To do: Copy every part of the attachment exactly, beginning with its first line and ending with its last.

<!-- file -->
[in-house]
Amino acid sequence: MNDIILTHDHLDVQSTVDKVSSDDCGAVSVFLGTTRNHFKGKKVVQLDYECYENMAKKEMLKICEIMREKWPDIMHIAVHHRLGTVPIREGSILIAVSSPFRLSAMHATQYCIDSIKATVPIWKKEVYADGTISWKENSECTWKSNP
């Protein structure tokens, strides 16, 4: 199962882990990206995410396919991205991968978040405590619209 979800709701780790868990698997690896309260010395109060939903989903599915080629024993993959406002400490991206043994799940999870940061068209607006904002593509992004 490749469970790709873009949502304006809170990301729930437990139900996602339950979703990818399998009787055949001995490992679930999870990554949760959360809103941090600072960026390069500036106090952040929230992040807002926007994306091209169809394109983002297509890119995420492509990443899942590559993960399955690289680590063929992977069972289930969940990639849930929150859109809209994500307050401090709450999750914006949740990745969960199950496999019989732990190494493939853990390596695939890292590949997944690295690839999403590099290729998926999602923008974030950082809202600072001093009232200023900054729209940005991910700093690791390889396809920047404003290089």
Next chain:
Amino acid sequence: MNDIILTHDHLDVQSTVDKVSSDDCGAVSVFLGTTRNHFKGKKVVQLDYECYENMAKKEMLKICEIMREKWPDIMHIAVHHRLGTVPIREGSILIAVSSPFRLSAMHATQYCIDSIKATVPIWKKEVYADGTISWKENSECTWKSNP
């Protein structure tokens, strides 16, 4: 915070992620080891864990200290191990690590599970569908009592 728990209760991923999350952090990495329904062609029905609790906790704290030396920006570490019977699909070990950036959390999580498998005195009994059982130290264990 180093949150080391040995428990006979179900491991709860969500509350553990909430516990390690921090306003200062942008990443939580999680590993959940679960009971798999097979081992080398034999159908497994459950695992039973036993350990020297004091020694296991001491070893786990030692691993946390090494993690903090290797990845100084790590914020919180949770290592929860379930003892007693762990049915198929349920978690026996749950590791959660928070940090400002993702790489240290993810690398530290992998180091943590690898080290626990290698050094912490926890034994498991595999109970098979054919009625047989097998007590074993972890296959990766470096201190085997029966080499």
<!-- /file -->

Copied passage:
[in-house]
Amino acid sequence: MNDIILTHDHLDVQSTVDKVSSDDCGAVSVFLGTTRNHFKGKKVVQLDYECYENMAKKEMLKICEIMREKWPDIMHIAVHHRLGTVPIREGSILIAVSSPFRLSAMHATQYCIDSIKATVPIWKKEVYADGTISWKENSECTWKSNP
């Protein structure tokens, strides 16, 4: 199962882990990206995410396919991205991968978040405590619209 979800709701780790868990698997690896309260010395109060939903989903599915080629024993993959406002400490991206043994799940999870940061068209607006904002593509992004 490749469970790709873009949502304006809170990301729930437990139900996602339950979703990818399998009787055949001995490992679930999870990554949760959360809103941090600072960026390069500036106090952040929230992040807002926007994306091209169809394109983002297509890119995420492509990443899942590559993960399955690289680590063929992977069972289930969940990639849930929150859109809209994500307050401090709450999750914006949740990745969960199950496999019989732990190494493939853990390596695939890292590949997944690295690839999403590099290729998926999602923008974030950082809202600072001093009232200023900054729209940005991910700093690791390889396809920047404003290089």
Next chain:
Amino acid sequence: MNDIILTHDHLDVQSTVDKVSSDDCGAVSVFLGTTRNHFKGKKVVQLDYECYENMAKKEMLKICEIMREKWPDIMHIAVHHRLGTVPIREGSILIAVSSPFRLSAMHATQYCIDSIKATVPIWKKEVYADGTISWKENSECTWKSNP
């Protein structure tokens, strides 16, 4: 915070992620080891864990200290191990690590599970569908009592 728990209760991923999350952090990495329904062609029905609790906790704290030396920006570490019977699909070990950036959390999580498998005195009994059982130290264990 180093949150080391040995428990006979179900491991709860969500509350553990909430516990390690921090306003200062942008990443939580999680590993959940679960009971798999097979081992080398034999159908497994459950695992039973036993350990020297004091020694296991001491070893786990030692691993946390090494993690903090290797990845100084790590914020919180949770290592929860379930003892007693762990049915198929349920978690026996749950590791959660928070940090400002993702790489240290993810690398530290992998180091943590690898080290626990290698050094912490926890034994498991595999109970098979054919009625047989097998007590074993972890296959990766470096201190085997029966080499």